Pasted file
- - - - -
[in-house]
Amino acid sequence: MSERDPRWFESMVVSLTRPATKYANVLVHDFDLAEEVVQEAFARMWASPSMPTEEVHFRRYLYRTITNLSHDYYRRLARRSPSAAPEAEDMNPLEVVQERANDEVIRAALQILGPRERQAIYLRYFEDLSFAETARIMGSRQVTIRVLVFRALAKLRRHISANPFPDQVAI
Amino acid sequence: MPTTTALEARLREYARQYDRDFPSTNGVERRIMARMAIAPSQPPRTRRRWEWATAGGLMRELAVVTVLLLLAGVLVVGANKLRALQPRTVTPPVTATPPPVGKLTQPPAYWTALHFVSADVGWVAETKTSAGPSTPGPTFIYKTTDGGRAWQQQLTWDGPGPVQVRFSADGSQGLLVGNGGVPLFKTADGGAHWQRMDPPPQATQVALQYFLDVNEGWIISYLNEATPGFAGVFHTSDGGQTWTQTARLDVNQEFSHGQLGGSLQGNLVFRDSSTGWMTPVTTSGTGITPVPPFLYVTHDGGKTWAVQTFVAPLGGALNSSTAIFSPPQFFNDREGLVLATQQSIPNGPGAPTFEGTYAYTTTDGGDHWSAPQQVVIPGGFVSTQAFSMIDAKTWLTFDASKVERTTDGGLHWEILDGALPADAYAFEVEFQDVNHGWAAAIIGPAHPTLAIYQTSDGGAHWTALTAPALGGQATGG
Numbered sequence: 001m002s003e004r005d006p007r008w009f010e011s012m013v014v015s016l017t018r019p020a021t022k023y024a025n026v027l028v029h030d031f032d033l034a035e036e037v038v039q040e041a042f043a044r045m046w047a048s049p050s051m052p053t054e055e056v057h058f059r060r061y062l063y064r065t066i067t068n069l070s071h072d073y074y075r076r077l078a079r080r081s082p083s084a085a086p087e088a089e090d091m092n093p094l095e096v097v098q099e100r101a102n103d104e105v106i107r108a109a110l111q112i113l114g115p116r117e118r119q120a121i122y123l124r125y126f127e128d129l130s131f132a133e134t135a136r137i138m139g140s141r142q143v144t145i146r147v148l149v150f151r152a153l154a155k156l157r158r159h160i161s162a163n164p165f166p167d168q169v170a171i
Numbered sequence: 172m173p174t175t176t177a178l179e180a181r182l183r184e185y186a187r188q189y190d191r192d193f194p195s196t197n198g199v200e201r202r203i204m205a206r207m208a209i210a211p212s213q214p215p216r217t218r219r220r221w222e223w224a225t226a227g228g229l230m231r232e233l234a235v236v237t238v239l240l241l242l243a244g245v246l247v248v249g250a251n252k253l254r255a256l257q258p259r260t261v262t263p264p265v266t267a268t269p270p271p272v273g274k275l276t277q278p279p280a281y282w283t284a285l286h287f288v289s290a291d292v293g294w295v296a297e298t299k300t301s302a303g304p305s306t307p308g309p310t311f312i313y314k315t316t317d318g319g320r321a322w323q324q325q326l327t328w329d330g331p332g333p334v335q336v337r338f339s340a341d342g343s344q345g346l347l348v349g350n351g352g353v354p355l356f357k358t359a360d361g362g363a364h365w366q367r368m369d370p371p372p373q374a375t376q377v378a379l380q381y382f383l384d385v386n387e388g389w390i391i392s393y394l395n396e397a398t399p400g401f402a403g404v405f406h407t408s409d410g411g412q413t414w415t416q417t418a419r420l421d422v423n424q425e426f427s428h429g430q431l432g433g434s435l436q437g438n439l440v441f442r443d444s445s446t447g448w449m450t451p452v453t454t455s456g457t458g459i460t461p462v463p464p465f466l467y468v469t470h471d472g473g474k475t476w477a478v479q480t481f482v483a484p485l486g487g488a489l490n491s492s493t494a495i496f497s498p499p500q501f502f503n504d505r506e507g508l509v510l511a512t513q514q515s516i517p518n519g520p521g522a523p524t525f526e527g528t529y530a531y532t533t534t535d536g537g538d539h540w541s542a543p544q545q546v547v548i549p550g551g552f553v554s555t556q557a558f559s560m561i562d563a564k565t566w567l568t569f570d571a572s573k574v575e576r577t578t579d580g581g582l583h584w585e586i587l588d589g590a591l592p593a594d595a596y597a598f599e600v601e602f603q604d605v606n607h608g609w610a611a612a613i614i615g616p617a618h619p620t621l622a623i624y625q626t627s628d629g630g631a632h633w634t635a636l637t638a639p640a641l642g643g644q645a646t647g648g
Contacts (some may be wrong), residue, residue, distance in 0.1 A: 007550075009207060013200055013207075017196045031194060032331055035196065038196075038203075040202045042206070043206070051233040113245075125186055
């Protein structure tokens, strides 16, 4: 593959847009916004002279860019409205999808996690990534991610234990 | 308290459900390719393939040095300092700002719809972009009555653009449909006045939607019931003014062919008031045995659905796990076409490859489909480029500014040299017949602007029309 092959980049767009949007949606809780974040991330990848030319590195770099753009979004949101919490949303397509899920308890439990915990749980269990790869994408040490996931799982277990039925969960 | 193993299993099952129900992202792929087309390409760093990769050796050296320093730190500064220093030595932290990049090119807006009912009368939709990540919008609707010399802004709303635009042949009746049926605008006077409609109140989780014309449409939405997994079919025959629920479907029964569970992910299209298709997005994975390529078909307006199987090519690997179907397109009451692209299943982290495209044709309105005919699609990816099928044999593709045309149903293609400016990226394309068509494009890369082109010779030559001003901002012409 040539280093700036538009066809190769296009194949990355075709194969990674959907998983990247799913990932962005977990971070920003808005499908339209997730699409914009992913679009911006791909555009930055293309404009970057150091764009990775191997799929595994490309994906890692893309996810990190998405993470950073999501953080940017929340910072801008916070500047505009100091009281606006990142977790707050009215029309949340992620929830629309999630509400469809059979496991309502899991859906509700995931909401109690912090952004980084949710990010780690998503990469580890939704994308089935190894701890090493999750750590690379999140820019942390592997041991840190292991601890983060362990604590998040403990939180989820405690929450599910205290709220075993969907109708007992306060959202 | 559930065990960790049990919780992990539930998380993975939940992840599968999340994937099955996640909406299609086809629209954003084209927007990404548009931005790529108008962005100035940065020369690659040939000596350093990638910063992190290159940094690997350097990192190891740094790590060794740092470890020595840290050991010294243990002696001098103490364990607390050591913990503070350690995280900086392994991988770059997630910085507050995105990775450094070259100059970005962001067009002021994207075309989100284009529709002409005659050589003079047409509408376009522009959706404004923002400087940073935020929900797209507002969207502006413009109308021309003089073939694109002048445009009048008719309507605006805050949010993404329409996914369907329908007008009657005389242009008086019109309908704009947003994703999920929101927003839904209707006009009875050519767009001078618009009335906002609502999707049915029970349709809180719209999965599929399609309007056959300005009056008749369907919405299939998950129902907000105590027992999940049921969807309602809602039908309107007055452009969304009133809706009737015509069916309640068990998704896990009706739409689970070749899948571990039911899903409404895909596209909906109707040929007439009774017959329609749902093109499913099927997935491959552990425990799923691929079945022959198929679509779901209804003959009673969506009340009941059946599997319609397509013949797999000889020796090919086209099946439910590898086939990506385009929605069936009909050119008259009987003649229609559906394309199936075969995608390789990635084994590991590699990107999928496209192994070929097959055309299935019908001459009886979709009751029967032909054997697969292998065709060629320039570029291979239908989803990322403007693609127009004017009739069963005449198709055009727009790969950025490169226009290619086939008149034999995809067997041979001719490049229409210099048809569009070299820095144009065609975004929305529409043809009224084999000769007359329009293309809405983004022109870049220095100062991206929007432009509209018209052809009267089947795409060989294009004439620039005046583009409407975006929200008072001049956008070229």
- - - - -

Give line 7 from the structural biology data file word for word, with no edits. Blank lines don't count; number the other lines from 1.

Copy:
């Protein structure tokens, strides 16, 4: 593959847009916004002279860019409205999808996690990534991610234990 | 308290459900390719393939040095300092700002719809972009009555653009449909006045939607019931003014062919008031045995659905796990076409490859489909480029500014040299017949602007029309 092959980049767009949007949606809780974040991330990848030319590195770099753009979004949101919490949303397509899920308890439990915990749980269990790869994408040490996931799982277990039925969960 | 193993299993099952129900992202792929087309390409760093990769050796050296320093730190500064220093030595932290990049090119807006009912009368939709990540919008609707010399802004709303635009042949009746049926605008006077409609109140989780014309449409939405997994079919025959629920479907029964569970992910299209298709997005994975390529078909307006199987090519690997179907397109009451692209299943982290495209044709309105005919699609990816099928044999593709045309149903293609400016990226394309068509494009890369082109010779030559001003901002012409 040539280093700036538009066809190769296009194949990355075709194969990674959907998983990247799913990932962005977990971070920003808005499908339209997730699409914009992913679009911006791909555009930055293309404009970057150091764009990775191997799929595994490309994906890692893309996810990190998405993470950073999501953080940017929340910072801008916070500047505009100091009281606006990142977790707050009215029309949340992620929830629309999630509400469809059979496991309502899991859906509700995931909401109690912090952004980084949710990010780690998503990469580890939704994308089935190894701890090493999750750590690379999140820019942390592997041991840190292991601890983060362990604590998040403990939180989820405690929450599910205290709220075993969907109708007992306060959202 | 559930065990960790049990919780992990539930998380993975939940992840599968999340994937099955996640909406299609086809629209954003084209927007990404548009931005790529108008962005100035940065020369690659040939000596350093990638910063992190290159940094690997350097990192190891740094790590060794740092470890020595840290050991010294243990002696001098103490364990607390050591913990503070350690995280900086392994991988770059997630910085507050995105990775450094070259100059970005962001067009002021994207075309989100284009529709002409005659050589003079047409509408376009522009959706404004923002400087940073935020929900797209507002969207502006413009109308021309003089073939694109002048445009009048008719309507605006805050949010993404329409996914369907329908007008009657005389242009008086019109309908704009947003994703999920929101927003839904209707006009009875050519767009001078618009009335906002609502999707049915029970349709809180719209999965599929399609309007056959300005009056008749369907919405299939998950129902907000105590027992999940049921969807309602809602039908309107007055452009969304009133809706009737015509069916309640068990998704896990009706739409689970070749899948571990039911899903409404895909596209909906109707040929007439009774017959329609749902093109499913099927997935491959552990425990799923691929079945022959198929679509779901209804003959009673969506009340009941059946599997319609397509013949797999000889020796090919086209099946439910590898086939990506385009929605069936009909050119008259009987003649229609559906394309199936075969995608390789990635084994590991590699990107999928496209192994070929097959055309299935019908001459009886979709009751029967032909054997697969292998065709060629320039570029291979239908989803990322403007693609127009004017009739069963005449198709055009727009790969950025490169226009290619086939008149034999995809067997041979001719490049229409210099048809569009070299820095144009065609975004929305529409043809009224084999000769007359329009293309809405983004022109870049220095100062991206929007432009509209018209052809009267089947795409060989294009004439620039005046583009409407975006929200008072001049956008070229």